Today I came across an amusing little tool for bloggers called the Blog Readability Test. It supposedly tests the level of education required to read a blog. Being ever skeptical, I plugged in a few other blog addresses to see if everyone gets a high rating (as you can too if you click on the logo at the bottom right side column below) and found one Canadian blog that comes out at the junior high level.
I am a bit chuffed but at the same time disappointed to discover that this blog rates at the "genius" level. Everyone, me included, likes to be called smart but I think I may defeating my own objective to explain simply and clearly what I discover on my exploration of personal finances and investing. The best teachers and writers make the complicated seem simple by the skill of presentation. Obviously I have a long ways to go. It is notable that professional journalist blogs of Jonathan Chevreau of the Wealthy Boomer and Larry MacDonald of Canadian Business both rate at the college undergrad reading level.
The other thing it reminded me is that being smart is no assurance of getting rich, even if you try to apply all your intelligence. (A lot of very smart people in the financial industry have been rapidly becoming un-rich in the last year or so)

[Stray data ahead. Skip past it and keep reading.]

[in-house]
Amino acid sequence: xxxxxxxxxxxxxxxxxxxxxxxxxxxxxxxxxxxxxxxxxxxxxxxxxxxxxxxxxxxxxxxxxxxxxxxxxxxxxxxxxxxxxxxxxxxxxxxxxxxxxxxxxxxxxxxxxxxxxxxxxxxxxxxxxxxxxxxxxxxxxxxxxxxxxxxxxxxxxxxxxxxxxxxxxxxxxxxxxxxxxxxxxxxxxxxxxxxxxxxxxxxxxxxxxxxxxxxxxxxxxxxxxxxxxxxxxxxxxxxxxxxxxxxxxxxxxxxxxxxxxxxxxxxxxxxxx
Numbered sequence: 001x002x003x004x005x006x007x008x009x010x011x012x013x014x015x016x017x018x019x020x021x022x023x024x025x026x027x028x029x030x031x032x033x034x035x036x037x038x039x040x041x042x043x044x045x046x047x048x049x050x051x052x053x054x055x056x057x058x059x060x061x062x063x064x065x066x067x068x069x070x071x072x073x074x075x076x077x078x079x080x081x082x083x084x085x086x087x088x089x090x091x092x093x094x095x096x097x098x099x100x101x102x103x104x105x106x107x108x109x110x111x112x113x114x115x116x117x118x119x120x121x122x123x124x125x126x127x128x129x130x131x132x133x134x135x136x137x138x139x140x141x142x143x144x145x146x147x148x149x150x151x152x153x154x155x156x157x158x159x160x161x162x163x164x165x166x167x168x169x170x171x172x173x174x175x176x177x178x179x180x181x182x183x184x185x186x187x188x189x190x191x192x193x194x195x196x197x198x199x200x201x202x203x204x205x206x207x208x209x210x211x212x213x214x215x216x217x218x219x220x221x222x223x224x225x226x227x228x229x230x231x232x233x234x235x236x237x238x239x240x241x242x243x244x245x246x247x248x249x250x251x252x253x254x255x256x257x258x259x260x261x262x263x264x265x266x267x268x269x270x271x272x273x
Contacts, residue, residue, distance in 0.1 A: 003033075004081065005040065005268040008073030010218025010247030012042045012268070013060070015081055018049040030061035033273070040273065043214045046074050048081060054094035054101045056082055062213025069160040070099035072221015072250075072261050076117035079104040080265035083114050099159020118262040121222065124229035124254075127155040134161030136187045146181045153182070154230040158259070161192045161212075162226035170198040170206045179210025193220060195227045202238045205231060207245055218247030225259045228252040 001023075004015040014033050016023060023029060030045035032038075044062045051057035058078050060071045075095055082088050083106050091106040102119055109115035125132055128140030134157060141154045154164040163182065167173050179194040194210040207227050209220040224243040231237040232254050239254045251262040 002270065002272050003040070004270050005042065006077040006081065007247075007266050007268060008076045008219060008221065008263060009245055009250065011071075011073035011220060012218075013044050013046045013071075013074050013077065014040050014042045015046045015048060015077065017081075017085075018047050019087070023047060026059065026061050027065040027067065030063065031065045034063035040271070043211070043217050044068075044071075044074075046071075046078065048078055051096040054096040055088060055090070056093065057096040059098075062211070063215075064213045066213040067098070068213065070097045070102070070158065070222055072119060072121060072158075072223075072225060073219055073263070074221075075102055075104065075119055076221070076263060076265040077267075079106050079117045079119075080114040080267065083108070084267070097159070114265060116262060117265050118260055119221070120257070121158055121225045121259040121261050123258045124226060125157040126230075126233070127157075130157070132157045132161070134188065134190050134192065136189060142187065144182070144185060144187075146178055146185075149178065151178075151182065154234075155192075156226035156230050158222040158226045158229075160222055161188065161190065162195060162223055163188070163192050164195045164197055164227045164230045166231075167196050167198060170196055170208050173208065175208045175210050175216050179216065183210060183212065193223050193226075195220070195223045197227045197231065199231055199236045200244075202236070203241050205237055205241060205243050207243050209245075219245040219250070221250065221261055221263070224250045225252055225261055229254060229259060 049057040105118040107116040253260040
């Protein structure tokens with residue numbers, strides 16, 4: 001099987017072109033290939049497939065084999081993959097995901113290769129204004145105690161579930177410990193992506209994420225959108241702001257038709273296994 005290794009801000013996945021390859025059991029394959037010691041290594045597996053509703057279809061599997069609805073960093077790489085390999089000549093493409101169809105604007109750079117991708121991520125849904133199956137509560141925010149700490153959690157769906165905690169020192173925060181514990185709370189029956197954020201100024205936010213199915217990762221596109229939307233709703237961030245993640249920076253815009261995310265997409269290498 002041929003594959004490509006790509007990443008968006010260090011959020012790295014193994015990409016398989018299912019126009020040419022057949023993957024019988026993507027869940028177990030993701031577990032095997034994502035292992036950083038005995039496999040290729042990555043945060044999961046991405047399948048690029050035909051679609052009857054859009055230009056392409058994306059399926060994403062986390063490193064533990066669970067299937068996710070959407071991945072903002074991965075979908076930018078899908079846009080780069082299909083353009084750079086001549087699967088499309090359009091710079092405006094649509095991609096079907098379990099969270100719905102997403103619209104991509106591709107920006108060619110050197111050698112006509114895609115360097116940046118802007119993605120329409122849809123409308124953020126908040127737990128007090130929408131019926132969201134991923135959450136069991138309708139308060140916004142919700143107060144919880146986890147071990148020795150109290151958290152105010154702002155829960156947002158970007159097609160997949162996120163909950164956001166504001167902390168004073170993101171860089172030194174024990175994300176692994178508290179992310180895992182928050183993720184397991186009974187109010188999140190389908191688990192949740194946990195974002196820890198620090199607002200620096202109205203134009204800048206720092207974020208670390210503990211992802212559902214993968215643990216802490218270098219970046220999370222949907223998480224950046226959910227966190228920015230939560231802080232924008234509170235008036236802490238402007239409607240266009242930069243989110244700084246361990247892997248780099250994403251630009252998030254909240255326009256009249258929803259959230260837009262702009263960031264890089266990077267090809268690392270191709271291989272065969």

The converse is true as well, I believe you don't need to be smart to become rich investing. One such way to do it without smarts is luck, of course, but the small number of lottery winners probably approximates how many lucky investors there are.
Over-thinking and over-analyzing can be bad. The TV quiz show Who Wants To Be a Millionaire once featured university prof contestants who didn't do any better than the average person on the show, most of whom I daresay do not have the same level of education. One memorable literature prof talked himself right out of the correct answer which he knew by introducing low probability doubts and counter arguments. The world doesn't give perfect and complete information and opportunities don't often stay around for long. The most successful investors seem to have the right combination of decisiveness and courage combined with judgment that focuses on the variables relevant to a situation. Those qualities are not a function of education or book-learning intelligence, though they are thereby enhanced.
Another key quality that I believe helps anyone, smart or dumb, attain wealth is effort and attention. Author Malcolm Gladwell in his new book Outliers apparently says 10,000 hours is the amount of effort required to reach genius level in a field. However, with investing merely being expert is not enough as the game is never over and those who rest on their laurels may find them disappearing.